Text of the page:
Ø Many of the higher functioning young adults on the autism
  spectrum—typically those currently bearing the Asperger’s
  diagnosis or even some never formally diagnosed—are coming
  to college.
Ø Only recently have colleges and universities begun to consider
  the ramifications of this growing number of students on the
  autism spectrum.
 WHAT ARE OTHER COLLEGES DOING?

Ø The model college program at Marshall University in
  Huntington, WV is a support program organized by the West
  Virginia Autism Training Center that provides directed
  guidance on academics, daily living, and social interaction to
  autistic college students (Tracjtenberg, 2008).
Ø Other colleges and universities that have launched autism-
  specific support programs in the last seven years include:
 Ø Western Kentucky University;
 Ø Fairleigh Dickson University in New Jersey;
 Ø University of Arizona;
 Ø University of Alabama;
 Ø Oakland University in Michigan;
 Ø Keene State College in New Hampshire.
 WHAT ARE OTHER COLLEGES DOING?

Ø Kim Ramsey, the Marshall program's director, indicated that
  the students are intellectually capable of meeting the
  university’s academic standards but that social and daily living
  issues are interfering.
Ø In response to that, the program offers tutoring, counseling, a
  quiet space to take exams, and help in the navigation of the
  bureaucracy and social world of college, i.e. how to schedule
  classes, join clubs, buy books, and replace ATM cards that
  don't work.
ACADEMIC ASSISTANCE AND ACCOMMODATION

Ø First and foremost, students who believe they are on the
  spectrum should ask for an evaluation so they may be formally
  diagnosed and eligible for services.
Ø Second, the institution’s disability support operations and other
  student services should develop familiarity with the diagnosis
  and the particular support that is needed to achieve academic
  success. This may include, but not be limited to:
   Ø Class selection and scheduling
   Ø Social networking
   Ø Support related to executive function—understand
      requirements for and completing paperwork in a timely way,
      tracking assignments and appointments.
 CLASS SELECTION AND SCHEDULING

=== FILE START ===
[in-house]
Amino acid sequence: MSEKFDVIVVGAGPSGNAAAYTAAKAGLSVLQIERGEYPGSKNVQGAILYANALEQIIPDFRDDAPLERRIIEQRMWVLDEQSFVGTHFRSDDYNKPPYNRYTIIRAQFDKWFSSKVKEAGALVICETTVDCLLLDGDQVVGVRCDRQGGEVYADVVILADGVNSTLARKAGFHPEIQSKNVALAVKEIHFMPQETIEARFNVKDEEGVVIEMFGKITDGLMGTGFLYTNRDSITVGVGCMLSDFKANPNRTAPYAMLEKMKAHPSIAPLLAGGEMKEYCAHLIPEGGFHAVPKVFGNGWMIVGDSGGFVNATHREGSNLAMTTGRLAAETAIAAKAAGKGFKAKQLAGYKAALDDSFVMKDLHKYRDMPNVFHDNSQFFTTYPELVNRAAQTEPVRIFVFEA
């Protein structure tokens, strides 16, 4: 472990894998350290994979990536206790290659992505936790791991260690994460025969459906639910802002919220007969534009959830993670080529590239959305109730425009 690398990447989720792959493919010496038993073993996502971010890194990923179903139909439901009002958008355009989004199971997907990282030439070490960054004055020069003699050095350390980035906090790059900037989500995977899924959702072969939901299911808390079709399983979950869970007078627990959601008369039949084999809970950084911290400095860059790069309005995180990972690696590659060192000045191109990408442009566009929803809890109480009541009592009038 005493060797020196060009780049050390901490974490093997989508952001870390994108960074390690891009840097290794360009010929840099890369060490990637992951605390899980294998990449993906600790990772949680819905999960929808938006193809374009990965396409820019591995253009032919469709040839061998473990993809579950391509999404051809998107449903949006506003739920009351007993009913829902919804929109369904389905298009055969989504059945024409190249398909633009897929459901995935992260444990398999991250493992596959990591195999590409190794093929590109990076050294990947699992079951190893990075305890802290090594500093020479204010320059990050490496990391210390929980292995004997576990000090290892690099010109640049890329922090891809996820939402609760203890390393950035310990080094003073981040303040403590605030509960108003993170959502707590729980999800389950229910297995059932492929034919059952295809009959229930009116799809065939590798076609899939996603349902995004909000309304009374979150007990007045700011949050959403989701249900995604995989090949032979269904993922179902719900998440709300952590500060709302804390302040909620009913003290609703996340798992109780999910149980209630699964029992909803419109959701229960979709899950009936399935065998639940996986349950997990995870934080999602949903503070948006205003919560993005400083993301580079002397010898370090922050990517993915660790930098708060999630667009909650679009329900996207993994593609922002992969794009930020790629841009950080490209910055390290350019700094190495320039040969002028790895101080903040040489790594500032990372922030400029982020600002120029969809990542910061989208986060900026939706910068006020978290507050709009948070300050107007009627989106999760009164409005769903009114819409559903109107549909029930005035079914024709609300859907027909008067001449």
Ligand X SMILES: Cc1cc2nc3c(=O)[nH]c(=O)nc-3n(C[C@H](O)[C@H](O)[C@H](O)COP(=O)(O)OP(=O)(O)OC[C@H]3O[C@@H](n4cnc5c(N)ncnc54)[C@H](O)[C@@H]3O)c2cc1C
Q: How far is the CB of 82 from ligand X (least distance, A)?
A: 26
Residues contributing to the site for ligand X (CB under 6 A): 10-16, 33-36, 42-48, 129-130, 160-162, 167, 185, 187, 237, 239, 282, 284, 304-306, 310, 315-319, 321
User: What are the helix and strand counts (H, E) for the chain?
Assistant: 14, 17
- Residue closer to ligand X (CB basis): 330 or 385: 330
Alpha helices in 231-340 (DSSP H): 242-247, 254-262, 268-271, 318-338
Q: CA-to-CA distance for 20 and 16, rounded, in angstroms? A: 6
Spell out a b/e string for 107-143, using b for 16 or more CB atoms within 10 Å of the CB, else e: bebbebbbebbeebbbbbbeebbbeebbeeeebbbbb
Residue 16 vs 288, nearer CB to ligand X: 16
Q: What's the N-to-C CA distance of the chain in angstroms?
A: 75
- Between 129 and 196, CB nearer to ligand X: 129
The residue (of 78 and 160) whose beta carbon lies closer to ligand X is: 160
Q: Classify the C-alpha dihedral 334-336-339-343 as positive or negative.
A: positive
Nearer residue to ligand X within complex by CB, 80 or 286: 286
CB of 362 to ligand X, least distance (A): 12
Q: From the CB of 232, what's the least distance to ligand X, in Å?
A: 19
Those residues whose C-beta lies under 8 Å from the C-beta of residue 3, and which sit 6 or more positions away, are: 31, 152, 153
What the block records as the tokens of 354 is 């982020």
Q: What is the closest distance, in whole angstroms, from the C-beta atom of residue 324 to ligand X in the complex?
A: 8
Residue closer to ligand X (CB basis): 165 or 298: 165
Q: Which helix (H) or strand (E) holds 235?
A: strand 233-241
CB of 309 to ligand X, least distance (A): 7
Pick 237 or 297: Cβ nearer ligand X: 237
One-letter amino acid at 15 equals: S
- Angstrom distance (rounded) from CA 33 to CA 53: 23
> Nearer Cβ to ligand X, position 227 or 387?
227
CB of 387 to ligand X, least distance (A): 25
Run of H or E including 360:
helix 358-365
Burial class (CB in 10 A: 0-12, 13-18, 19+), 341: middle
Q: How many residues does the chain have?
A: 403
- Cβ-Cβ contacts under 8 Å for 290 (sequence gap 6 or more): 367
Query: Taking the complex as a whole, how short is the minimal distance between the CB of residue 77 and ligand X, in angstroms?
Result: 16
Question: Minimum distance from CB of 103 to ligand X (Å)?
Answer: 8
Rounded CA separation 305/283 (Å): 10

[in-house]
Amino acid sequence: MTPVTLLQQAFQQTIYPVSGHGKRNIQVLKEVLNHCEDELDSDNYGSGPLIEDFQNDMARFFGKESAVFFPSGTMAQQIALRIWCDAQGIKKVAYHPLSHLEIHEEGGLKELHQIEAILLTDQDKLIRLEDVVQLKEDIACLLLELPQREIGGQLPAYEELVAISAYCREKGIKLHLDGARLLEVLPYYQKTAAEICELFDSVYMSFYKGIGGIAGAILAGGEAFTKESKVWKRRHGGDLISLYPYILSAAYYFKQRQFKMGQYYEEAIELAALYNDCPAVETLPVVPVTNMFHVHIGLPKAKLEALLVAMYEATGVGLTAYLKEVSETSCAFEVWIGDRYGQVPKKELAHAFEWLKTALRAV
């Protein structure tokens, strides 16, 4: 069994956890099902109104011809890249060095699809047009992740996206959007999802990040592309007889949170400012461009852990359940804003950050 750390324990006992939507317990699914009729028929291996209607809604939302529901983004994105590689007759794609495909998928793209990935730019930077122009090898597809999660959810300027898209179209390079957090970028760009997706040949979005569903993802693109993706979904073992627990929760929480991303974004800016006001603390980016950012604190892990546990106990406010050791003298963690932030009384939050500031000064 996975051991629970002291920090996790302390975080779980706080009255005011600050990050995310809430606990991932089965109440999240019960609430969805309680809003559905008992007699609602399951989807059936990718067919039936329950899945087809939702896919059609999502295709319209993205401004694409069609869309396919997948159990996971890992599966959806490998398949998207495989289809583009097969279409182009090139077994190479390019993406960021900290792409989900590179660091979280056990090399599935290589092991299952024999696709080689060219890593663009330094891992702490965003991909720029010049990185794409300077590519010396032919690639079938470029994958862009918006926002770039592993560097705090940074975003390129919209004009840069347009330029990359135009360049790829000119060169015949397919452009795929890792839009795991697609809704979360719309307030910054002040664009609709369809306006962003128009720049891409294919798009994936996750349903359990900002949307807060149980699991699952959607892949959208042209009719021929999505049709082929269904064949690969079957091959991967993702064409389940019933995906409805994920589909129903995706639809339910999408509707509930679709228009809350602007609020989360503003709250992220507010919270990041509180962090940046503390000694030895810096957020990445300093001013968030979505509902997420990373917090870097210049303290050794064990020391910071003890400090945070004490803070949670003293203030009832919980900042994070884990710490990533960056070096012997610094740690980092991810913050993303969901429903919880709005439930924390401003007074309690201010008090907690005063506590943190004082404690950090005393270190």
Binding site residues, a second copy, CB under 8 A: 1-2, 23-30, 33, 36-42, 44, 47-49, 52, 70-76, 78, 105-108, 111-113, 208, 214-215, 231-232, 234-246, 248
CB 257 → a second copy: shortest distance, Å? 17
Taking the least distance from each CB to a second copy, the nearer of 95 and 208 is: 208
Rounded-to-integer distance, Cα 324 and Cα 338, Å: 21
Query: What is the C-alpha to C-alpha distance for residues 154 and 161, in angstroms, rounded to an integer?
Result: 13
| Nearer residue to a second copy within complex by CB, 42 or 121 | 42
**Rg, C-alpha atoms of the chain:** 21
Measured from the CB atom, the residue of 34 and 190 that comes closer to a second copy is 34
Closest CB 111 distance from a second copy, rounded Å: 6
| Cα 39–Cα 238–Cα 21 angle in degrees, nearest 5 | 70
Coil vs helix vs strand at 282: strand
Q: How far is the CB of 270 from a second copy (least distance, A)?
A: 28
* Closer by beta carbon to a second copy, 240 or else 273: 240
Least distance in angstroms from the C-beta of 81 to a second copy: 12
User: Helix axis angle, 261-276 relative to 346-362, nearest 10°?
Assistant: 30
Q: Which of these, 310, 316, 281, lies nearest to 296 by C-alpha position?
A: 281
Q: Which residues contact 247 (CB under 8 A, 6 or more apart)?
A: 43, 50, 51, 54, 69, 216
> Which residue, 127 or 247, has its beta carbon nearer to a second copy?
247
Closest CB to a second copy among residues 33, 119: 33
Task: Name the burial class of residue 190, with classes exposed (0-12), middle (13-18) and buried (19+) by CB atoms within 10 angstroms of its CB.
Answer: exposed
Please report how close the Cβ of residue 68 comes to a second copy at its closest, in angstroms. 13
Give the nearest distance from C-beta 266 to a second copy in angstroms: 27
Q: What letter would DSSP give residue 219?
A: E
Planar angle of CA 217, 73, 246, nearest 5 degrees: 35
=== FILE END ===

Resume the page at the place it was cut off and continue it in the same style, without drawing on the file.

Ø Although students on the spectrum are expected to meet the
  school’s academic requirements, some faculty and some class
  structures may work better for them than others.
Ø Similarly, some students on the spectrum may work better in a
  situation in which they have time for decompression between
  classes.
Ø Others may do better in classes that allow for tests to be taken
  with the aid of a computer.
Ø Last, some students may need support to complete certain
  class activities including, but not limited to:
   Ø Group activities
   Ø Choosing a seat that will provide the least distraction
   Ø Public speaking.
 SOCIAL NETWORKING

Ø This is a particularly vulnerable area for many students on the
  autism spectrum.
Ø Their deficits in this area may result in loneliness and,
  eventually, they may drop out of school if their needs aren’t
  met.
Ø Schools can provide
   Ø Counseling services.
   Ø Social groups that take advantage of like characteristics or
     interests.
   Ø Educational programs aimed at improving initiation and
     maintenance of relationships.
 EXECUTIVE FUNCTION

Ø Students on the autism spectrum often have difficulty in
  tracking appointments and assignments.
Ø To assist them, schools might offer
   Ø Education in the use of smart phones for scheduling and for
     reminders. This work has proven very effective for those
     with traumatic brain injury and holds great promise for
     those on the autism spectrum.
   Ø Support for developing and maintaining a workable
     schedule that accommodates required assignments, for
     example daily or weekly check-ins.
 FOR MORE INFORMATION ON TRANSITION . . .

Ø Go to the Family Services Transition Tool Kit at the Autism
  Speaks web site.
YOUR TURN….

ØWhat other services might CWU provide to
 students on the autism spectrum?